The Pieces That Fall to Earth

(New Amsterdam Records, 2019)
Christopher Cerrone album cover for The Pieces That Fall to Earth featuring Wild Up, Christopher Rountree, Lindsay Kesselman, and Theo Bleckmann


The Pieces That Fall to Earth is the long-awaited CD from Brooklyn-based composer Christopher Cerrone and Wild Up, LA’s leading new music ensemble. NPR Music called Cerrone “One of our most versatile composers under 40.”

Conducted by Wild Up’s Artistic Director, Christopher Rountree, The Pieces That Fall to Earth comprises three vocal cycles: the title work, with soprano Lindsay Kesselman; The Naomi Songs, sung by vocalist Theo Bleckmann; and The Branch Will Not Break, with a chorus of eight singers. The album was recorded and produced by Nick Tipp. 

More than three years in the making, The Pieces That Fall to Earth grew out of Cerrone’s musical friendships with these exceptional Los Angeles- and New York-based artists. Fittingly, the album’s release will be celebrated with concerts in both cities.

Like Invisible Cities, The Pieces That Fall to Earth highlights Cerrone’s luminous orchestrations, the structural clarity of his compositions, and his much-admired gift for setting texts – in this case by American poets Kay Ryan (The Pieces That Fall to Earth), Bill Knott (The Naomi Songs), and James Wright (The Branch Will Not Break). Notes Cerrone, “These authors profoundly inspired the music that I wrote. I feel that by setting their disparate languages, I have composed three works that are kindred spirits, but whose differences are as profound as their similarities.” 

Yet there are unmistakable connections. Songs in two different cycles share an identical melody (the fourth movement of The Pieces That Fall to Earth and the second of The Naomi Songs). The two outer cycles have the same structure: seven movements that culminate in a last-movement key change and climax. Distinct as they are, these works form a powerful whole when heard together, especially in the authoritative performances by Bleckmann, Kesselman, Rountree and company, intimately captured in Tipp’s production.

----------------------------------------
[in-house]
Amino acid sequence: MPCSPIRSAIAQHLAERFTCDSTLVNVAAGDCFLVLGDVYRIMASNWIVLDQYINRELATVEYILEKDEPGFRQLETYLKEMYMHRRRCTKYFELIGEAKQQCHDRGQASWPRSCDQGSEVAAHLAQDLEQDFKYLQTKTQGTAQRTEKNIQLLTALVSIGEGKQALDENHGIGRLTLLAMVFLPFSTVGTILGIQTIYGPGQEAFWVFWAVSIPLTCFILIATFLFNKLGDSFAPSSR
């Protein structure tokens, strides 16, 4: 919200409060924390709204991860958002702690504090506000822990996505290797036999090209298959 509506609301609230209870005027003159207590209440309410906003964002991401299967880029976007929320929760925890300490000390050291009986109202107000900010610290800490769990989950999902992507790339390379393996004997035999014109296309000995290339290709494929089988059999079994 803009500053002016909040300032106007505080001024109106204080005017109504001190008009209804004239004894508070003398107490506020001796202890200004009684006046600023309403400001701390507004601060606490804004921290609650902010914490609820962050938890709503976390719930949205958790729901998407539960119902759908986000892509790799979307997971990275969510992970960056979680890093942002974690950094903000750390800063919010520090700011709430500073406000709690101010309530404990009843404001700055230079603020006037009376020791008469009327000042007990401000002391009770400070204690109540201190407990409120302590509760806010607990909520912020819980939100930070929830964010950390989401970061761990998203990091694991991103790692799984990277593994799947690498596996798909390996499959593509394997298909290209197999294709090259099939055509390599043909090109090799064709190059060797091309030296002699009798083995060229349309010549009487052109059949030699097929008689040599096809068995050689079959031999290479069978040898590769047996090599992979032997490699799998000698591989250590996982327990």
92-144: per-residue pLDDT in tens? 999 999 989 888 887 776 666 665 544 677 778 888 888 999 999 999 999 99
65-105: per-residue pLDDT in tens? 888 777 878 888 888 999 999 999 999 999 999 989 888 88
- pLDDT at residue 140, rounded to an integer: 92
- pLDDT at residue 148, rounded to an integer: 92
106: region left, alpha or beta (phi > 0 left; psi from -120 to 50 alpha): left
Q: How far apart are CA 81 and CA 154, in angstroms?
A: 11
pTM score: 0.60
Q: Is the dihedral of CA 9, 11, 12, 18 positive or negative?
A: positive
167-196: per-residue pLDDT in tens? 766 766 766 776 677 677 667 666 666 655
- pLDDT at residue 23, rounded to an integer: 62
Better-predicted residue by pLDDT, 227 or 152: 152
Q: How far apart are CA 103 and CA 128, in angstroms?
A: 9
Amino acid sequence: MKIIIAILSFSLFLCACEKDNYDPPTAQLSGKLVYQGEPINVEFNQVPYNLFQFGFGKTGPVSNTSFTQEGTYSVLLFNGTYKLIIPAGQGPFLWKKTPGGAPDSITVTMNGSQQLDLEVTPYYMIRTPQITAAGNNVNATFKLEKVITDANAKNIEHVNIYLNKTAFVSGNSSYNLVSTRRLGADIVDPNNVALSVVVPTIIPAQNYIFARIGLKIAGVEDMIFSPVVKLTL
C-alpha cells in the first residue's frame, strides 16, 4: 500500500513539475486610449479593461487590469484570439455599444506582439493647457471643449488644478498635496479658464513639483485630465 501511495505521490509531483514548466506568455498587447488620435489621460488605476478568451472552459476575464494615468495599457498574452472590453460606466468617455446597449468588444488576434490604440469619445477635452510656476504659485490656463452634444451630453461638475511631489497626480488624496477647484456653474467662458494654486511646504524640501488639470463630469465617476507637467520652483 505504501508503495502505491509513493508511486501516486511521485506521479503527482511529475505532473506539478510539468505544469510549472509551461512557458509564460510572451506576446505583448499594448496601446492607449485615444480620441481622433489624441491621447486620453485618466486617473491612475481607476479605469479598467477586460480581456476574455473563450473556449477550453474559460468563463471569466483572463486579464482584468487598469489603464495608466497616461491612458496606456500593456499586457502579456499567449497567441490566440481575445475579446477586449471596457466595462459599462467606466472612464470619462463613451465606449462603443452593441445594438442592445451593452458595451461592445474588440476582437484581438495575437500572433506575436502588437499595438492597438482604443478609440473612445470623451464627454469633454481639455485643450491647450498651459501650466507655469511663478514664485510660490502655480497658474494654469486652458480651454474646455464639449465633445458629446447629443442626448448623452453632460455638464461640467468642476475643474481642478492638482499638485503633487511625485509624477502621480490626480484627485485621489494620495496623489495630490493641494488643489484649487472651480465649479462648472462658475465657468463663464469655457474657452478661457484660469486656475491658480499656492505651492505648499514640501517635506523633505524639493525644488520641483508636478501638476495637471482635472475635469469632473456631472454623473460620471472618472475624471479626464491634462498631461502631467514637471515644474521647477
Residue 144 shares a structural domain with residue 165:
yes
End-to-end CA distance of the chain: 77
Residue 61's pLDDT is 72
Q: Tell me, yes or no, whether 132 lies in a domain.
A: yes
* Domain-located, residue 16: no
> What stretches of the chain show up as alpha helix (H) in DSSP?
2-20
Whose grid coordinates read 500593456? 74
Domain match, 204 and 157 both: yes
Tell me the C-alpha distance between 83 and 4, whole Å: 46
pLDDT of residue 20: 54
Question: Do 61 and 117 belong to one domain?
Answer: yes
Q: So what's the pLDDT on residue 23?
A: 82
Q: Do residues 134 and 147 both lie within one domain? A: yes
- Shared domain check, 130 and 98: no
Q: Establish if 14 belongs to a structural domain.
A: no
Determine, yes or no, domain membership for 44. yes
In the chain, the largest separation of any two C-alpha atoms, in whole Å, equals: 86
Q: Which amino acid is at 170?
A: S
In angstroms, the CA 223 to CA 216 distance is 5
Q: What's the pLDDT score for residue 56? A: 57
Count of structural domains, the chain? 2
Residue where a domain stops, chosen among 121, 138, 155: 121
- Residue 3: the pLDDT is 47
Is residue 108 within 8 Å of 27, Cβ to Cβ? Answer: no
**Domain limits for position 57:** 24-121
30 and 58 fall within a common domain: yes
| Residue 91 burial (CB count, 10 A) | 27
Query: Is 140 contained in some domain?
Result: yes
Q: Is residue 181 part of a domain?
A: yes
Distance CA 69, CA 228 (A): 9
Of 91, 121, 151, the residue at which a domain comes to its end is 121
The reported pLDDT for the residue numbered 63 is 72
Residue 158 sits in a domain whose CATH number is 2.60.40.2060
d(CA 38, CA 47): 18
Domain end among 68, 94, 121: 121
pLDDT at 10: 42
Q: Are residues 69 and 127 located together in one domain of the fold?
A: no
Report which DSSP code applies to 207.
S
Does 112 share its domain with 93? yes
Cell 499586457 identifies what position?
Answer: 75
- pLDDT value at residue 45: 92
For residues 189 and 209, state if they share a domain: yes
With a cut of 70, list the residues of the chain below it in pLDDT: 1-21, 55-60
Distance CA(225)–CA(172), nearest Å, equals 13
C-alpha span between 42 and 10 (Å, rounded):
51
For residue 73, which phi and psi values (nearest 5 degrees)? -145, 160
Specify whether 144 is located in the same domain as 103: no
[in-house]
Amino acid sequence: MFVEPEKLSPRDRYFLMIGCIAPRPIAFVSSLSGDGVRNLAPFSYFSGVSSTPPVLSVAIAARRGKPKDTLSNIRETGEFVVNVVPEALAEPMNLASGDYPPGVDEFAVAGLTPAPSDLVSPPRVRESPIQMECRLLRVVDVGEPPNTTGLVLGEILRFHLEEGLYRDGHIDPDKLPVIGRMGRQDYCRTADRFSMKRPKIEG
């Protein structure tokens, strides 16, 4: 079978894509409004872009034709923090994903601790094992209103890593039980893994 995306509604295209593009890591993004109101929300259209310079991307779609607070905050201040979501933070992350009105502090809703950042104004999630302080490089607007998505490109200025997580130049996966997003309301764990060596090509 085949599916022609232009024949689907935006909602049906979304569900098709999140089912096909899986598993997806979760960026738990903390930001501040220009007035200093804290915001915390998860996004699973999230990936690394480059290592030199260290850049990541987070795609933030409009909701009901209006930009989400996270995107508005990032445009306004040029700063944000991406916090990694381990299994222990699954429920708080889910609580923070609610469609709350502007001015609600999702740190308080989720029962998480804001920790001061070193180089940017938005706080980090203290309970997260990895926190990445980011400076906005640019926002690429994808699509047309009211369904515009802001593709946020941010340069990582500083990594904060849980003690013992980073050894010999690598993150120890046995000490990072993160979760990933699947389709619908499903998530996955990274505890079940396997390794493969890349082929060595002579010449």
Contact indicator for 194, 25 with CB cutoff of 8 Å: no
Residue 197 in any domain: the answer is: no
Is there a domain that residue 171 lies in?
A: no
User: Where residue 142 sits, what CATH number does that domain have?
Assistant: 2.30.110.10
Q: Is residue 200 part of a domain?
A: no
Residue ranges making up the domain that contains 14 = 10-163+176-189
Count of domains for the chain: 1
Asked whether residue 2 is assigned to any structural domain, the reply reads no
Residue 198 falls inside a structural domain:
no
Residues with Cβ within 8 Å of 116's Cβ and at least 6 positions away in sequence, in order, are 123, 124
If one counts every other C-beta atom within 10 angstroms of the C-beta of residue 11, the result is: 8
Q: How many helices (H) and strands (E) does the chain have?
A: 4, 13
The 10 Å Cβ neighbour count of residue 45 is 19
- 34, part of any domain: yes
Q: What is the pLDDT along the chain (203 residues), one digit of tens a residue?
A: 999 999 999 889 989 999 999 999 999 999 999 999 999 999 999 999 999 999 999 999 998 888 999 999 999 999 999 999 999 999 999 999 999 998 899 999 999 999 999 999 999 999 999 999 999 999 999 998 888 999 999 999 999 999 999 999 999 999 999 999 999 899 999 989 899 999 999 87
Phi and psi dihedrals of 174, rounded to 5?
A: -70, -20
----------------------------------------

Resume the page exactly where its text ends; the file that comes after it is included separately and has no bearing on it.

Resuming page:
Most striking of all may be Cerrone’s ability to conjure elusive emotional states. Observes Andres, “Christopher Cerrone writes music for human voices which wander and persist through landscapes of cold instrumental sounds. Throughout his vocal works, musical metaphors reinforce poetry of loneliness, alienation, and nostalgia.

“To achieve this, Cerrone re-orders the typical hierarchy of the classical orchestra. Percussive, quickly-decaying sounds now occupy the core: a pointillistic battery of piano, harp, vibraphone, marimba, and glockenspiel. Stringed instruments are demoted from their central melodic role and leeched of their typical colors, instead concentrating on drones, often using harmonics or alternate bowing techniques. Wind instruments, too, often contribute only un-pitched air, their affect ranging from a subtle atmospheric pressure change to a chuffing engine driving an unstoppable rhythmic machine.

“Though the severe, crystalline soundscapes of Feldman and Berio are a clear point of reference throughout, it’s the vocal centricity and generosity of bel canto opera that comes through most strongly. Cerrone’s soloists sing in full sentences, set in strophic, melodically memorable lines. He selects poetry not to deconstruct, but to heighten and concentrate it.” 


“For this New Sounds, John Schaefer presents his annual highly-opinionated top 10 list of notable new music releases from 2019…listen to Christopher Cerrone, the American new music band Wild Up, and a vocal octet, from Cerrone’s song cycle set to the poetry of Pulitzer Prize-winner James Wright - The Branch Will Not Break.” John Schaefer, New Sounds
“Record Roundup: Past Is Present
Wild Up - Christopher Cerrone: The Pieces That Fall to Earth” Jeremy Shatan, AN EARFUL: Best Of 2019: Classical
“The Pieces That Fall to Earth benefits from three things in particular: refined writing by Brooklyn-based composer Christopher Cerrone, who demonstrates in the recording's three vocal cycles a mature command of the idiom; superb playing by the Los Angeles-based ensemble Wild Up; and stirring vocal performances by Lindsay Kesselman, Theo Bleckmann, and an eight-member choir. The combination of all three makes for an exceptionally rewarding outcome, especially when the singers' voices communicate with heightened levels of emotional intensity.” Textura
Best Chamber Music/Small Ensemble Performance 2020 GRAMMY AWARDS: Nominations